President-elect Joe Biden named several women to his top economic policy team on Monday, including former Federal Reserve Chair Janet Yellen as treasury secretary nominee, setting the stage for diversity and a focus on recovery from the pandemic.
President-elect Joe Biden on Monday formally picked ex-Federal Reserve chair Janet Yellen to lead the treasury, one of a slate of economic officials who would break racial and gender barriers in the US government.
The announcement of Mr Biden's economic team comes after running mate Kamala Harris made history as the first woman and first person of both African American and South Asian descent to win the vice presidency.
If they win Senate approval, Ms Yellen would be the first female treasury secretary, and be joined in the executive branch by the first African Americans to serve as her deputy and as head of the White House economic council, as well as the first South Asian in a key budget role.
"We face great challenges as a country right now. To recover, we must restore the American dream - a society where each person can rise to their potential and dream even bigger for their children," Ms Yellen tweeted following the announcement.
"As Treasury Secretary, I will work every day towards rebuilding that dream for all."
Job number one for the 74-year-old, who previously made history as the first female Federal Reserve chief from 2014 to 2018, will be helping the US economy recover from the sharp downturn in growth and mass layoffs caused by the COVID-19 pandemic.
Unless lawmakers are able to overcome their differences in the closing weeks of the year, she will likely be tasked with convincing Democrats and Republicans in Congress to pass another spending bill to aid the recovery amid a months-long deadlock on new aid.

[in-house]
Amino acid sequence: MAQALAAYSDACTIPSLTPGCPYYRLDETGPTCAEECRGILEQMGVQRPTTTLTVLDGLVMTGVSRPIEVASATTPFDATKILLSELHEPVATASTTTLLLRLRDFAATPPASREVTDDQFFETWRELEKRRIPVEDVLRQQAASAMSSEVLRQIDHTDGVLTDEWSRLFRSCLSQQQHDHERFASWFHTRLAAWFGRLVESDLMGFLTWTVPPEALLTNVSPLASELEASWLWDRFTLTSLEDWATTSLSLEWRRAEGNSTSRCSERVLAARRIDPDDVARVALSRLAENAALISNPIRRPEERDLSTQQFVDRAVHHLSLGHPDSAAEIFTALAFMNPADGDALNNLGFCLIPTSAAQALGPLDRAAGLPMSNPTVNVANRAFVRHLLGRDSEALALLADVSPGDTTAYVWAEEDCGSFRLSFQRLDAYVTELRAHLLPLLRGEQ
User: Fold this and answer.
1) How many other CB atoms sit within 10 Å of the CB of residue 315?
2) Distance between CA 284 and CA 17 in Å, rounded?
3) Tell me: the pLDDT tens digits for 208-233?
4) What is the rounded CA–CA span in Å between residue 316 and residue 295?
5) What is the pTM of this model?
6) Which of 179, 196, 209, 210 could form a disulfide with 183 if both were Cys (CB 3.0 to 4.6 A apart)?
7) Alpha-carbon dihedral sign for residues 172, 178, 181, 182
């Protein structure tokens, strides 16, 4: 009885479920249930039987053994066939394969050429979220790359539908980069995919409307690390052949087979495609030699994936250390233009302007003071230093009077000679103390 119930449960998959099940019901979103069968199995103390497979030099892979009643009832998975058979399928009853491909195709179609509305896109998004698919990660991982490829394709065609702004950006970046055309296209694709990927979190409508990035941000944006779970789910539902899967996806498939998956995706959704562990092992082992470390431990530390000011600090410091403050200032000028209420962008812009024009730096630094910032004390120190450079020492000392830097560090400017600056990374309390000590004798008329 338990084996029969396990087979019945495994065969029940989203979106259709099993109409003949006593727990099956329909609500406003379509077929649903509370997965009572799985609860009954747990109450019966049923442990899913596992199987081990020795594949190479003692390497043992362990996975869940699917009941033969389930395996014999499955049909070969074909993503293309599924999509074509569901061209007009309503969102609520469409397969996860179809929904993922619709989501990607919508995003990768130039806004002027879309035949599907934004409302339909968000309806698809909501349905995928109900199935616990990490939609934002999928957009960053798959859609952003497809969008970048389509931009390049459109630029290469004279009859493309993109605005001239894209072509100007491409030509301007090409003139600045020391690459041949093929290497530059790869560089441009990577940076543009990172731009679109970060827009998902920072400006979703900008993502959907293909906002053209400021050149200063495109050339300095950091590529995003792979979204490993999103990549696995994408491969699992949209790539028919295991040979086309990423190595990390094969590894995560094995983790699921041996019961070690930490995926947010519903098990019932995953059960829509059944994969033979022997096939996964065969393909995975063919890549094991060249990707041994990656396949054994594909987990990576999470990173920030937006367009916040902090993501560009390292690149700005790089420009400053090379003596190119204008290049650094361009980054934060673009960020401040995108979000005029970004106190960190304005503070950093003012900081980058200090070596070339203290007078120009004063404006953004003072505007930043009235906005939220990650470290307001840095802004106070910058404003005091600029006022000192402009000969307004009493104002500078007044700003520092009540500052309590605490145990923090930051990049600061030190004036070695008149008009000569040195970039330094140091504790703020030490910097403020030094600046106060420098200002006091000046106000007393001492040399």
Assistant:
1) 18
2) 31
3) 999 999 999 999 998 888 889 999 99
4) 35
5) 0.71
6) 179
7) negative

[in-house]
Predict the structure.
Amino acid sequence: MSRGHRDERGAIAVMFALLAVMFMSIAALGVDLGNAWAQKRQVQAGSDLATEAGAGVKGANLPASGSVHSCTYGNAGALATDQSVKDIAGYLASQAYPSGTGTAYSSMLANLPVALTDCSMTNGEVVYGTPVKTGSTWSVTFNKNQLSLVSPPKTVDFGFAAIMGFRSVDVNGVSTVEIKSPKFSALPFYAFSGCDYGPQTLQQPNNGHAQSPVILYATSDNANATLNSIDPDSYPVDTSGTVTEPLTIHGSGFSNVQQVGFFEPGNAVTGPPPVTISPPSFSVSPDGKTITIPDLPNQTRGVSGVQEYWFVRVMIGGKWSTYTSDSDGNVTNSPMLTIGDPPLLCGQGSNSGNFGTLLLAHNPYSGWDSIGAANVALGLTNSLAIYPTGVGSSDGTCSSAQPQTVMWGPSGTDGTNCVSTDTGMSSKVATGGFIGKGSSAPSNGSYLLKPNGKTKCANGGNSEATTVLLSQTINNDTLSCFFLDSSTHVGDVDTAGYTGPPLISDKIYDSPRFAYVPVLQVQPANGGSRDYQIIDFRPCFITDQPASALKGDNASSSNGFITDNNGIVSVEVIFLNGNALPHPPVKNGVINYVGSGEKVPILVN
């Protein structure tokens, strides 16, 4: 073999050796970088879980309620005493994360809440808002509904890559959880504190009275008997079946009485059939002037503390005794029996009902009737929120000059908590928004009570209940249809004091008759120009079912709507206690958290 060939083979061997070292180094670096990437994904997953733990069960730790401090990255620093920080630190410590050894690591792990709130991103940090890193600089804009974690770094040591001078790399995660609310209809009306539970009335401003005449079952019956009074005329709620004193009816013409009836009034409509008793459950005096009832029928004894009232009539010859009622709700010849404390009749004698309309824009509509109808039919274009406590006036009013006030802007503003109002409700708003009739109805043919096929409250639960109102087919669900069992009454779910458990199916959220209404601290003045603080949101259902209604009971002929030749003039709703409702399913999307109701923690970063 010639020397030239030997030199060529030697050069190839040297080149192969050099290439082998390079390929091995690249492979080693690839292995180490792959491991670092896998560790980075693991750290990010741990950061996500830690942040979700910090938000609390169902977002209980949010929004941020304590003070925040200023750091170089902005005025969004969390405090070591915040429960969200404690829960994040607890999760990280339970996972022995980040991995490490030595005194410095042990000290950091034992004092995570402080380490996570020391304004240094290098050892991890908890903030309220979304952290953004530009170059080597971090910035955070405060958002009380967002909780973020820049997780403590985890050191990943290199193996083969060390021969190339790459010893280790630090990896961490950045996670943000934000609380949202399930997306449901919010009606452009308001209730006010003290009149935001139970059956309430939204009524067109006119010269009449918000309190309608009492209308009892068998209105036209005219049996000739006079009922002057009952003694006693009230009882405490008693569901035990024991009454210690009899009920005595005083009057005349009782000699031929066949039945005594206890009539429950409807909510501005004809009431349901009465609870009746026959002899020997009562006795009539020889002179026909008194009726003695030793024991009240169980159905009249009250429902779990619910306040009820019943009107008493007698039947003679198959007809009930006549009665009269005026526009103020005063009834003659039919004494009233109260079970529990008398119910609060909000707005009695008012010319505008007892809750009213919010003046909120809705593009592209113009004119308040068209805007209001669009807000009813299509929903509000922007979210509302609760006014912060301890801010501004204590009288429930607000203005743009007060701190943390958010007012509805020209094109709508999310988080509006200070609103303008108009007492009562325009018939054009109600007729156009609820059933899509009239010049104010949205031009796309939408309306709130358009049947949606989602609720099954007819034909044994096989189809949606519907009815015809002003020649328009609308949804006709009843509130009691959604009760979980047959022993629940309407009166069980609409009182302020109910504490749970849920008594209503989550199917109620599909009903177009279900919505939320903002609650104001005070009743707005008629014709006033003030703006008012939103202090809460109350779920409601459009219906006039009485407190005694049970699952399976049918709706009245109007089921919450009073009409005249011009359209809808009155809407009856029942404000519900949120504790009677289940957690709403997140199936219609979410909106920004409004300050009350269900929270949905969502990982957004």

"As we get to work to control the virus, this is the team that will deliver immediate economic relief for the American people during this economic crisis and help us build our economy back better than ever," Mr Biden said in a statement announcing his appointments.
“This team looks like America and brings seriousness of purpose, the highest degree of competency, and unwavering belief in the promise of America. They will be ready on day one to get to work for all Americans,” he said.
The task ahead
Ms Yellen's nomination was first reported last week, and Mr Biden and Vice president-elect Kamala Harris will formally unveil the nominees on Tuesday.
Many of those tapped to serve on Mr Biden's economic team include former officials of Barack Obama administration, under whom Mr Biden served as vice president.
Nigerian-born Wally Adeyemo, a former deputy national security advisor and current president of the Obama Foundation non-profit, will serve as deputy Treasury secretary. He would be the first African American in that role.
Neera Tanden, president of liberal think tank Center for American Progress, was tapped as head the Office of Management and Budget. If confirmed, she would be its first South Asian leader.
Also named was Dean of the Princeton School of Public and International Affairs Cecilia Rouse as chair of the Council of Economic Advisors (CEA), the first African American in that post.
Jared Bernstein, who previously advised Mr Biden when he was vice president under Mr Obama, will join the CEA, as will Washington Center for Equitable Growth President Heather Boushey.
Ms Yellen would take over as Treasury secretary from Steven Mnuchin, who worked with Congress on passing the $2.2 trillion CARES Act in March that expanded unemployment payments and offered loans and grants to small businesses.
Those measures were seen as key in keeping the US from an even worse economic slowdown, but they expired over the summer and, despite talks with Mnuchin, Democrats controling the House and Republicans leading the Senate can't agree on how much to spend, or what to spend it on.
A study from progressive think tank The Century Foundation released last week said 12 million Americans will be receiving aid from government programs that will expire at the end of the year, and the policy deadlock raises fears the country's tentative economic recovery could be reversed.
While Democrats will retain control of the House when the new Congress is inaugurated in January, control of the Senate, which must approve Biden's nominees, will be decided by two elections in Georgia set for that month.